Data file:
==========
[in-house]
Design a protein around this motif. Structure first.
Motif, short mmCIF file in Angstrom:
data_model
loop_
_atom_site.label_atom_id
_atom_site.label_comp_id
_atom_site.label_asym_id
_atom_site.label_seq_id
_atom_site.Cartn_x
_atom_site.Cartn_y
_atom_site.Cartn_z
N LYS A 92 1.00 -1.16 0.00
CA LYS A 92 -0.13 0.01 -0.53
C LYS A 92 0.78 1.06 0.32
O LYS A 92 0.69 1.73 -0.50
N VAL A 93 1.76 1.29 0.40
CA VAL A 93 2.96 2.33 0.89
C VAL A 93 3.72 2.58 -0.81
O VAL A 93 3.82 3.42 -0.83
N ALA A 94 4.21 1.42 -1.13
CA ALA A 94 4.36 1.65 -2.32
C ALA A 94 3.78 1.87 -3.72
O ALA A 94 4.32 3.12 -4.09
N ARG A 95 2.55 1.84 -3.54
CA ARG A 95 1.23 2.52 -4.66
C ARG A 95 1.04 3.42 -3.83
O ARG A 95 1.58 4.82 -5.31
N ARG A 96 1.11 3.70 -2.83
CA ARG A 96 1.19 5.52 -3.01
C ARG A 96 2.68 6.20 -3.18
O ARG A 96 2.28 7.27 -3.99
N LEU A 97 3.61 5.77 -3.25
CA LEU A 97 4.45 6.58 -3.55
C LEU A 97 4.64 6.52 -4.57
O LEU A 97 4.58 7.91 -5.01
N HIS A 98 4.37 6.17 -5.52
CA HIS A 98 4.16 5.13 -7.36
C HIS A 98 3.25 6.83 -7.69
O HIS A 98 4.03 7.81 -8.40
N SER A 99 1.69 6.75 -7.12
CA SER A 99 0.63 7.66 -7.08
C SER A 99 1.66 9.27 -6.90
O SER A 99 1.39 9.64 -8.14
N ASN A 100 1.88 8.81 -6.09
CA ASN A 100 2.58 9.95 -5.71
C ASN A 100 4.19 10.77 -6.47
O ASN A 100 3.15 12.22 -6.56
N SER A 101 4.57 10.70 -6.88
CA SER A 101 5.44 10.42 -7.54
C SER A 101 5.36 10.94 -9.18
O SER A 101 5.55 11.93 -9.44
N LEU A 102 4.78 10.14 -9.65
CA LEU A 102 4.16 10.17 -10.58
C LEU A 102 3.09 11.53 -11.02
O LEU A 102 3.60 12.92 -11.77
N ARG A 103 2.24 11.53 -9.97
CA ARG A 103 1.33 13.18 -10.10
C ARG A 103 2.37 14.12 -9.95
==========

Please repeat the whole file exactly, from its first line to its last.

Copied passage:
[in-house]
Design a protein around this motif. Structure first.
Motif, short mmCIF file in Angstrom:
data_model
loop_
_atom_site.label_atom_id
_atom_site.label_comp_id
_atom_site.label_asym_id
_atom_site.label_seq_id
_atom_site.Cartn_x
_atom_site.Cartn_y
_atom_site.Cartn_z
N LYS A 92 1.00 -1.16 0.00
CA LYS A 92 -0.13 0.01 -0.53
C LYS A 92 0.78 1.06 0.32
O LYS A 92 0.69 1.73 -0.50
N VAL A 93 1.76 1.29 0.40
CA VAL A 93 2.96 2.33 0.89
C VAL A 93 3.72 2.58 -0.81
O VAL A 93 3.82 3.42 -0.83
N ALA A 94 4.21 1.42 -1.13
CA ALA A 94 4.36 1.65 -2.32
C ALA A 94 3.78 1.87 -3.72
O ALA A 94 4.32 3.12 -4.09
N ARG A 95 2.55 1.84 -3.54
CA ARG A 95 1.23 2.52 -4.66
C ARG A 95 1.04 3.42 -3.83
O ARG A 95 1.58 4.82 -5.31
N ARG A 96 1.11 3.70 -2.83
CA ARG A 96 1.19 5.52 -3.01
C ARG A 96 2.68 6.20 -3.18
O ARG A 96 2.28 7.27 -3.99
N LEU A 97 3.61 5.77 -3.25
CA LEU A 97 4.45 6.58 -3.55
C LEU A 97 4.64 6.52 -4.57
O LEU A 97 4.58 7.91 -5.01
N HIS A 98 4.37 6.17 -5.52
CA HIS A 98 4.16 5.13 -7.36
C HIS A 98 3.25 6.83 -7.69
O HIS A 98 4.03 7.81 -8.40
N SER A 99 1.69 6.75 -7.12
CA SER A 99 0.63 7.66 -7.08
C SER A 99 1.66 9.27 -6.90
O SER A 99 1.39 9.64 -8.14
N ASN A 100 1.88 8.81 -6.09
CA ASN A 100 2.58 9.95 -5.71
C ASN A 100 4.19 10.77 -6.47
O ASN A 100 3.15 12.22 -6.56
N SER A 101 4.57 10.70 -6.88
CA SER A 101 5.44 10.42 -7.54
C SER A 101 5.36 10.94 -9.18
O SER A 101 5.55 11.93 -9.44
N LEU A 102 4.78 10.14 -9.65
CA LEU A 102 4.16 10.17 -10.58
C LEU A 102 3.09 11.53 -11.02
O LEU A 102 3.60 12.92 -11.77
N ARG A 103 2.24 11.53 -9.97
CA ARG A 103 1.33 13.18 -10.10
C ARG A 103 2.37 14.12 -9.95